EPA's New Clean Water Rule and Unique Concerns for Western Operators
On May 27, 2015, the Environmental Protection Agency (EPA) and the Army Corps of Engineers (Corps) issued a pre-publication final rule defining the jurisdictional "Waters of the United States" regulated under the Clean Water Act (CWA). Unless blocked by some federal legislation or court order, the final rule will go into effect 60 days after publication in the Federal Register. That effective date will likely be around mid-August.
As with the proposed rule—on which the agencies received more than 1 million comments—EPA and the Corps purport that the final rule promotes clarity, certainty, and efficiency by "providing simpler, clearer, and more consistent approaches" for determining which waters are regulated under the CWA. However, many regulated operators oppose the final rule and assert that it unlawfully expands federal jurisdiction.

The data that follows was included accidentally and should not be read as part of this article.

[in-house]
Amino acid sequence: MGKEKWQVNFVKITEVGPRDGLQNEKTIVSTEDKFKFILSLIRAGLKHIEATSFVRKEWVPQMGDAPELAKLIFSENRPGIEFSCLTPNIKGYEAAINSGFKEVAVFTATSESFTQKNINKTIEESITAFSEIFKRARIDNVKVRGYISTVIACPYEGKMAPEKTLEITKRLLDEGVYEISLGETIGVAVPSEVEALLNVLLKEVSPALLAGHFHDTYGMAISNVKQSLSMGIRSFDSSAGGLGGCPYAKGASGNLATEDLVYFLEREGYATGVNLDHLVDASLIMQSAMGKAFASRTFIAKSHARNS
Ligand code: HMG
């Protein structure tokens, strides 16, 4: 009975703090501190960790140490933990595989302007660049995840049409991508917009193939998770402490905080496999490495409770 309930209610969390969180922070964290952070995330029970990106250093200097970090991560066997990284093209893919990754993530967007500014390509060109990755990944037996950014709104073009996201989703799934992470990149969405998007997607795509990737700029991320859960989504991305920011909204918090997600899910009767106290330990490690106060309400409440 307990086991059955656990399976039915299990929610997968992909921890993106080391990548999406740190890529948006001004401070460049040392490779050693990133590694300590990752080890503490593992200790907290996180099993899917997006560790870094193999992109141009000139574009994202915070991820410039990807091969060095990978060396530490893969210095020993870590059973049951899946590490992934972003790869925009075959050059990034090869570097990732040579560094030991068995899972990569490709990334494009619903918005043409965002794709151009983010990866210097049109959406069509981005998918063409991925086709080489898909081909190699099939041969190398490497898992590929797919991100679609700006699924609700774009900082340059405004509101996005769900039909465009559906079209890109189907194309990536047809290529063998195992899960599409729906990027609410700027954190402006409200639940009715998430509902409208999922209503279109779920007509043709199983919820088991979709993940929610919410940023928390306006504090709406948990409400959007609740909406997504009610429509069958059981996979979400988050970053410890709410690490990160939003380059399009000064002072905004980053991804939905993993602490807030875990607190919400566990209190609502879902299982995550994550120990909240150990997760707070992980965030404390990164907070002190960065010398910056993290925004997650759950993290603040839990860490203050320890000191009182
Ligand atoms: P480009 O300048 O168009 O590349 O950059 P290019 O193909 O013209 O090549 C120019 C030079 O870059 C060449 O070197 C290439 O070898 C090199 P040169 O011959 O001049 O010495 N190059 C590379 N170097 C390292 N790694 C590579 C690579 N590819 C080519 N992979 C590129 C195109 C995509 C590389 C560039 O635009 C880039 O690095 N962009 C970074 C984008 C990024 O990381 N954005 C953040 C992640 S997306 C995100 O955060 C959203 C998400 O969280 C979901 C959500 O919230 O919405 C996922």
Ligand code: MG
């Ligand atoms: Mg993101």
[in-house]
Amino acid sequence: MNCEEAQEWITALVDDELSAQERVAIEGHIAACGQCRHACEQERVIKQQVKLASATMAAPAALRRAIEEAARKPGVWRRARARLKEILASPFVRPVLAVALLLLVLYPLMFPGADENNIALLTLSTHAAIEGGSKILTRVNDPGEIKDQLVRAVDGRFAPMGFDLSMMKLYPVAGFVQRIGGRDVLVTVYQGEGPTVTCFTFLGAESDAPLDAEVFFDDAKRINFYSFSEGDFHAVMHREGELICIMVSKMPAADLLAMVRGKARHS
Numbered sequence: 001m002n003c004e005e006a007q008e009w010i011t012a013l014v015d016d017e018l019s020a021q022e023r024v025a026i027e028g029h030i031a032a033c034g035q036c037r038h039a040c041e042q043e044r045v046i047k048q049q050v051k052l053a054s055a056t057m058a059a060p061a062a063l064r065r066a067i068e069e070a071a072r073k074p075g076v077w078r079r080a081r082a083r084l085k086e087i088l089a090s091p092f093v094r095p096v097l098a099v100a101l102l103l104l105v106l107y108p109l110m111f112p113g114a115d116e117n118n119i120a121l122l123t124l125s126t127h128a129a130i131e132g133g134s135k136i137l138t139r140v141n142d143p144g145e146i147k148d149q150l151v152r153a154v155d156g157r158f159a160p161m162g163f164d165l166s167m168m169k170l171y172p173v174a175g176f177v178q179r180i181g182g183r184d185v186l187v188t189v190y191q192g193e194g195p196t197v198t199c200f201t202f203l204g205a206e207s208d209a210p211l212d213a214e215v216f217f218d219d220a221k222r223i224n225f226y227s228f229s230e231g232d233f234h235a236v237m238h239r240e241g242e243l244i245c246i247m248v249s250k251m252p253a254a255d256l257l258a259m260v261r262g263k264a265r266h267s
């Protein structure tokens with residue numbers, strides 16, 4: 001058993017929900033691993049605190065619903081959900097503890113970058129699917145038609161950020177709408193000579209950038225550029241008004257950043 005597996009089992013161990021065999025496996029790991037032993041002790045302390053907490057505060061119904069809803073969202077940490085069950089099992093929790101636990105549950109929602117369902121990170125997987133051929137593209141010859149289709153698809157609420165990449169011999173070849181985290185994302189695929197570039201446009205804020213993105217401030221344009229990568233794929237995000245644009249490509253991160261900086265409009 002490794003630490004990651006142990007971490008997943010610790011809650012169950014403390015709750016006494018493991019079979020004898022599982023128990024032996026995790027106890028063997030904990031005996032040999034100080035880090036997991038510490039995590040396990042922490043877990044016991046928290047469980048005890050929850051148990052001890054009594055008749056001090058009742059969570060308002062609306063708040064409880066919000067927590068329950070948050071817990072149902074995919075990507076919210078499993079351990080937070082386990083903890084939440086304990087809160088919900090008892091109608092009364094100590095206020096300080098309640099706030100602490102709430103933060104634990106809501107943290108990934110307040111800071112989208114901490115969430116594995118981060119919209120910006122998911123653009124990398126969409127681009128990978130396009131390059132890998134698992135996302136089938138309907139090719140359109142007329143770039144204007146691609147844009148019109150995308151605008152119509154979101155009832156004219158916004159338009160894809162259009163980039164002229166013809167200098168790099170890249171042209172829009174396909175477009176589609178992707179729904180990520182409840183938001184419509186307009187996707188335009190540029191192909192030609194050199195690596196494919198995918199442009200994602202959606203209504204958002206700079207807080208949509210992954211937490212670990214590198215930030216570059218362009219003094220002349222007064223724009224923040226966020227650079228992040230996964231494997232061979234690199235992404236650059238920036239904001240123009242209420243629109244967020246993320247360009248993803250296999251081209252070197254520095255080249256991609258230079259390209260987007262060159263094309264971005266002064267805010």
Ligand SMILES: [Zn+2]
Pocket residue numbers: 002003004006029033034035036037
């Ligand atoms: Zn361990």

Much of the final rule incorporates long-standing EPA and Corps guidance, regulations, and common practice regarding which waters are considered jurisdictional. Some portions of the rule, however, break new ground. Focused largely on applying the "significant nexus" test from Justice Kennedy's concurrence in the 2006 U.S. Supreme Court Rapanos case, these new provisions in practice could operate to substantially expand the areas regulated under the CWA. In the Western U.S., the final rule poses unique concerns for the regulated community due to the region's topography and aridity. Several Western industries in particular—including the oil and gas, mining, construction, municipal, renewable energy, and agricultural sectors—should closely examine the final rule for potential impacts to planned and ongoing projects and operations.
This client alert describes the final rule and areas of particular concern to operators in the Western U.S.
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